Heritage is about the things from the past which
are valued enough today to save for tomorrow.

What Is Heritage?

Heritage is defined as “those things from the past which are valued enough today to save for the people of tomorrow“.

Heritage can be TANGIBLE, such as buildings, artefacts, places;
or INTANGIBLE such as stories, songs, memories or traditions.

We classify heritage for its VALUES  and SIGNIFICANCE.

Cultural heritage is assessed by its Historical, Aesthetic,
Scientific, Social
and/or Spiritual values.

Heritage can have World, National or State classification or local or personal value.

Heritage does not have to be OLD!

 

Use these pointers to assist your students in defining what has heritage value.

Ask your students what it means if something has ‘value’.
Principles or standards of behaviour; one’s judgement of what is important in life.
https://en.oxforddictionaries.com/definition/value

Ask your students to describe a heritage place and why it has ‘value’.
They may conjure up images of romantic mediaeval churches and castles in Europe, or historic Perth buildings such as the Barracks Arch or His Majesty’s Theatre. The past is all around us. Everywhere has a history and everywhere has a heritage. Even in relatively new cities such as Perth, we live our lives against a rich backdrop formed by historic buildings, landscapes and other physical survivals of our past. Your students will have individual ideas of which places have value. Buildings such as the Bankwest Tower and Central Park, although comparatively new, along with modern architectural icons such as the Bell Tower, have already become part of Perth’s heritage.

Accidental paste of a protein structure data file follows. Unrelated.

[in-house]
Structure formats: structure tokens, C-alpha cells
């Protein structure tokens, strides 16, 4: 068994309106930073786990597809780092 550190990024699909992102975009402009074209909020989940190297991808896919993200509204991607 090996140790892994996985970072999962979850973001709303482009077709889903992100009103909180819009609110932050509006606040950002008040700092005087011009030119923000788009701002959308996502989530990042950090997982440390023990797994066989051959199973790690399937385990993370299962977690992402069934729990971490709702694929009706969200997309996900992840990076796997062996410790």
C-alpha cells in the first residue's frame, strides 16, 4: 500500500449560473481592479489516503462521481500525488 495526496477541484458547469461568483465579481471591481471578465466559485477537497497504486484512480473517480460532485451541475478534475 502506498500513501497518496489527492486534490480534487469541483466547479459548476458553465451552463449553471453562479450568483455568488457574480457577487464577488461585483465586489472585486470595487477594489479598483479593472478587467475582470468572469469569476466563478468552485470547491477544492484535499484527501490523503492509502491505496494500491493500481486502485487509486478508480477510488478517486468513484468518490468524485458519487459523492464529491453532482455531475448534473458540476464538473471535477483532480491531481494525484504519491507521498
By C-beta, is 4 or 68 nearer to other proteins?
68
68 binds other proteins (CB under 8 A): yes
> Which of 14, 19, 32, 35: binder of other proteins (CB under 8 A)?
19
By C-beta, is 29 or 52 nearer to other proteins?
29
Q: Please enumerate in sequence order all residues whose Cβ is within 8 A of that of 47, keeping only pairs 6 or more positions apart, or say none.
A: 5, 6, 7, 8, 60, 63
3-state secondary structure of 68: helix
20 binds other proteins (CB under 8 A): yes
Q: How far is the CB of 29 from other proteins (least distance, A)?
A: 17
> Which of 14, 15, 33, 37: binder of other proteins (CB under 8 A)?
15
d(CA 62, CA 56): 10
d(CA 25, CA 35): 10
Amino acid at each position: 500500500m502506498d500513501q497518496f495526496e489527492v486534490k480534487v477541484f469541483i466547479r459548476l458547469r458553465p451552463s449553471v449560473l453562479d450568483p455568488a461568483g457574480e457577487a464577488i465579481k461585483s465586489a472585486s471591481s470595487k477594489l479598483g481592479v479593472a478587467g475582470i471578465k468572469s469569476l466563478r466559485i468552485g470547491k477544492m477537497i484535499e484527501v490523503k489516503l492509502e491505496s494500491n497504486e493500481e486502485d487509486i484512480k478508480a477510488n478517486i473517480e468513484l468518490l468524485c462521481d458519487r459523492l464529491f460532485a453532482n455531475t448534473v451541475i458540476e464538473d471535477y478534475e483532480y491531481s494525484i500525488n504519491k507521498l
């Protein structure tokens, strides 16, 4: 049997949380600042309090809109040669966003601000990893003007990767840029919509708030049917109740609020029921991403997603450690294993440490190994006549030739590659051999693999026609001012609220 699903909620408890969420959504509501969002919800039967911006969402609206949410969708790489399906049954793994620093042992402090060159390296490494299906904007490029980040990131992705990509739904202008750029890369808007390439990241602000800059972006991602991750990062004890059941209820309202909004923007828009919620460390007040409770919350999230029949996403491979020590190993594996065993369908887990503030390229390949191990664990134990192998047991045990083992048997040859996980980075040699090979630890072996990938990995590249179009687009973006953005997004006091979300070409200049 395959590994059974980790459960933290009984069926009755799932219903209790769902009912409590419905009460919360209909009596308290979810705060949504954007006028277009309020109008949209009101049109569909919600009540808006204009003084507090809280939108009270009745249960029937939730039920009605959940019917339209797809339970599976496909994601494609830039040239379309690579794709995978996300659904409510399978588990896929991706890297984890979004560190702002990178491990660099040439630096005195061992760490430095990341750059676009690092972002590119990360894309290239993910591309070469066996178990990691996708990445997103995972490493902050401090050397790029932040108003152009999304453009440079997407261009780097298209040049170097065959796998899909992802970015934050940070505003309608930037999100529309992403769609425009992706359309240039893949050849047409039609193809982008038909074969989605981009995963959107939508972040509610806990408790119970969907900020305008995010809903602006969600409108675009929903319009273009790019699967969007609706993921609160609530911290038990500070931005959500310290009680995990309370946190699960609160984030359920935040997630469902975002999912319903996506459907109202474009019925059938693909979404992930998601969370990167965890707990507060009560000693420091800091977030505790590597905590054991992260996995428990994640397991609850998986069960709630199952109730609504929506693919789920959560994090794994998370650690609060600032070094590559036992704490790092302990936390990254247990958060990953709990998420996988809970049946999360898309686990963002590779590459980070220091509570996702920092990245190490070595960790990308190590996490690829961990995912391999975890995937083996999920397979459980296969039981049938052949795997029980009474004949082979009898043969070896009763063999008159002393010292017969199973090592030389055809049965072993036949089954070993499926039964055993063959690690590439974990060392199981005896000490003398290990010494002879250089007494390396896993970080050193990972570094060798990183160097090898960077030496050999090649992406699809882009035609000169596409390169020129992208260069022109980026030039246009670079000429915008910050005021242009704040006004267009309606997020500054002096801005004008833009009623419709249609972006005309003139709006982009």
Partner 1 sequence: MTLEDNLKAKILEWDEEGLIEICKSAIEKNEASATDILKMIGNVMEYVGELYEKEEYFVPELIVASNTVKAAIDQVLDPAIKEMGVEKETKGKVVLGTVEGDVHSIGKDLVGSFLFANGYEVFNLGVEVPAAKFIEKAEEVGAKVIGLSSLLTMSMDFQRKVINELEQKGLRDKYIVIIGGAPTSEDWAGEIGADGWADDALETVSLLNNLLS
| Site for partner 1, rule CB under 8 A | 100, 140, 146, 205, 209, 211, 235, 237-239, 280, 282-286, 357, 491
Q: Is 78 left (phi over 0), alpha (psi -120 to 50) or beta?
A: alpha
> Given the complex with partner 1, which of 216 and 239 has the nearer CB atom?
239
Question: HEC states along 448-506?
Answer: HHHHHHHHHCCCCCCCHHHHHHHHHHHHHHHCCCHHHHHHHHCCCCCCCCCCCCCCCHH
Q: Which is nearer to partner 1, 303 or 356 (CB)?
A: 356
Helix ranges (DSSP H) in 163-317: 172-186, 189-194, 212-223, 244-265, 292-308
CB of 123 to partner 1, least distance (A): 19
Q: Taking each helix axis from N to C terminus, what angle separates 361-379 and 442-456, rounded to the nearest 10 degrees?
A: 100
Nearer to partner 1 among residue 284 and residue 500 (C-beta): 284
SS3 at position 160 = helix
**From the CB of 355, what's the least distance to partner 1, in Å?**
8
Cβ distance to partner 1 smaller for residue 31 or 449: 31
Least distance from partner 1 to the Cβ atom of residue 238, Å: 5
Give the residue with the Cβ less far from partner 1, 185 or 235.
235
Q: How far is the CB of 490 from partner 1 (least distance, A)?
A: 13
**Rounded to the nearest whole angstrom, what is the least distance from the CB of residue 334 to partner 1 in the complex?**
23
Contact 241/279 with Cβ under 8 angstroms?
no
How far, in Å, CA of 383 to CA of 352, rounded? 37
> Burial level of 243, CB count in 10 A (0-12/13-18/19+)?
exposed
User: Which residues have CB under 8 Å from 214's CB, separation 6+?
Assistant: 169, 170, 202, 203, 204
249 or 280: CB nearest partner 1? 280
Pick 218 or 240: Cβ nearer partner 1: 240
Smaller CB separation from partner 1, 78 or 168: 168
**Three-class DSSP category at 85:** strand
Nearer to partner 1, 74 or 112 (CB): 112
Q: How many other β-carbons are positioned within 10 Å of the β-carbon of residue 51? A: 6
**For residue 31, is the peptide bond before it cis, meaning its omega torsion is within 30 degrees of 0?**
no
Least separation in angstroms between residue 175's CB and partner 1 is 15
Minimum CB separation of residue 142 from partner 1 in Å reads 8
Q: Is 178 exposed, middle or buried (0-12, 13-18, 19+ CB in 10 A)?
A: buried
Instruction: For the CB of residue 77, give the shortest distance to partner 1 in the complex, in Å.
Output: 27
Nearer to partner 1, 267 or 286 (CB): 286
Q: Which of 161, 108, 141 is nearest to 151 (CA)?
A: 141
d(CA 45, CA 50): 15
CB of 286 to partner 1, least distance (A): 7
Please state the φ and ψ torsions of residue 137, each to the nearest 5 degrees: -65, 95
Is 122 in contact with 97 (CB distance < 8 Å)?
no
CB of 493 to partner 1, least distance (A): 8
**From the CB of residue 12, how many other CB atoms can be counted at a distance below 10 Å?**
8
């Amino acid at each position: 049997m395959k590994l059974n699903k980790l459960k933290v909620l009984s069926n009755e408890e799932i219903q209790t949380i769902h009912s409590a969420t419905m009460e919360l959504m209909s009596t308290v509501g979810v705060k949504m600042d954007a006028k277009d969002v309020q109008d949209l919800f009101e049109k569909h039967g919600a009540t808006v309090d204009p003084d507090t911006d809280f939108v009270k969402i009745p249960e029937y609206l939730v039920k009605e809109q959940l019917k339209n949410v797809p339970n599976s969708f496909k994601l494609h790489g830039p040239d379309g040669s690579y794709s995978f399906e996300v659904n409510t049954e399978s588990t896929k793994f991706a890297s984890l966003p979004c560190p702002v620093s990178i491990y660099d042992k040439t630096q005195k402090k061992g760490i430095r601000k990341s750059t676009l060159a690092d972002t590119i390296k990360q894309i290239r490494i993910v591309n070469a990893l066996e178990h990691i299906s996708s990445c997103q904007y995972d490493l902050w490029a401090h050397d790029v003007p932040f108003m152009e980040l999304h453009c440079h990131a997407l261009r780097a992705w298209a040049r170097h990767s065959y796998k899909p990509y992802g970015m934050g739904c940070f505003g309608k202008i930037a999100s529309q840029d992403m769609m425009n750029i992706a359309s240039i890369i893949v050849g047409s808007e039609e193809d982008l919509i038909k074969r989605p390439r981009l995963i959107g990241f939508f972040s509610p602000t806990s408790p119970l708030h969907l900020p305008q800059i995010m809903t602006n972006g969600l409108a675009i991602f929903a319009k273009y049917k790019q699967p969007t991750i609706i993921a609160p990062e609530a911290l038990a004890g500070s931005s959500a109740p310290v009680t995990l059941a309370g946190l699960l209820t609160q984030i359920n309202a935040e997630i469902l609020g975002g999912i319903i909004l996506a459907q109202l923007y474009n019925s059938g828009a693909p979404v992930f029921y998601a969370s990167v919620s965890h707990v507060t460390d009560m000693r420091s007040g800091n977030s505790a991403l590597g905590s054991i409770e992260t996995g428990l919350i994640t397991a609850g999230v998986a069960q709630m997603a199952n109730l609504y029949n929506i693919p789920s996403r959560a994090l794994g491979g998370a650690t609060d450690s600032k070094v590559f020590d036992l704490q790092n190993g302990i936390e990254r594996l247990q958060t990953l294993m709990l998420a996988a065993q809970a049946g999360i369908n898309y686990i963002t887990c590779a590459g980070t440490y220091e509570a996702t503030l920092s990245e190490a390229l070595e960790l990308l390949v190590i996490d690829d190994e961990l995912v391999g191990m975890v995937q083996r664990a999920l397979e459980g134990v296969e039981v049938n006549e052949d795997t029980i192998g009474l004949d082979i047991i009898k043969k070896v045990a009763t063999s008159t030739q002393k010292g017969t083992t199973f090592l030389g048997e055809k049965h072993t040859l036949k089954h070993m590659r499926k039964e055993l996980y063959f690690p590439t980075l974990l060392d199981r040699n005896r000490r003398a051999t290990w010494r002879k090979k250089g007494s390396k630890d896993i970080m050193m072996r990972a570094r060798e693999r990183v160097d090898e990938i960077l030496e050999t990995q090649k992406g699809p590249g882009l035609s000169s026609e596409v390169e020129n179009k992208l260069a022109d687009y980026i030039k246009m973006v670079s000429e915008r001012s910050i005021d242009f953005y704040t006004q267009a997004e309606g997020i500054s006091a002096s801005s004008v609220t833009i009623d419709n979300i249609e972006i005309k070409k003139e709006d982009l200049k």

Now ask your students to consider a local place that has heritage value for them.
What places locally have special value for your students? Their heritage may include buildings, parks, farms, landscapes, archives and/or collections of objects.
Students can make a list of what is special about the places that have been chosen.
In your school/local community you have a unique cultural identity that defines how you are different from other schools. Discuss what is special about your place.

And objects/artefacts …?
What objects and artefacts such as family heirlooms – photographs, personal letters and documents – are valued by your students and their families? Invite parents/students to bring in objects and artefacts that have special significance for them. Personal heritage is often cherished, appreciated and shared with others.

Now consider the intangibles – the stories/ special occasions/memories…?
Our stories and our memories connect us with what we value from the past. Students can consider what intangible heritage has value for them by recalling the why some events/memories and stories are most important for them.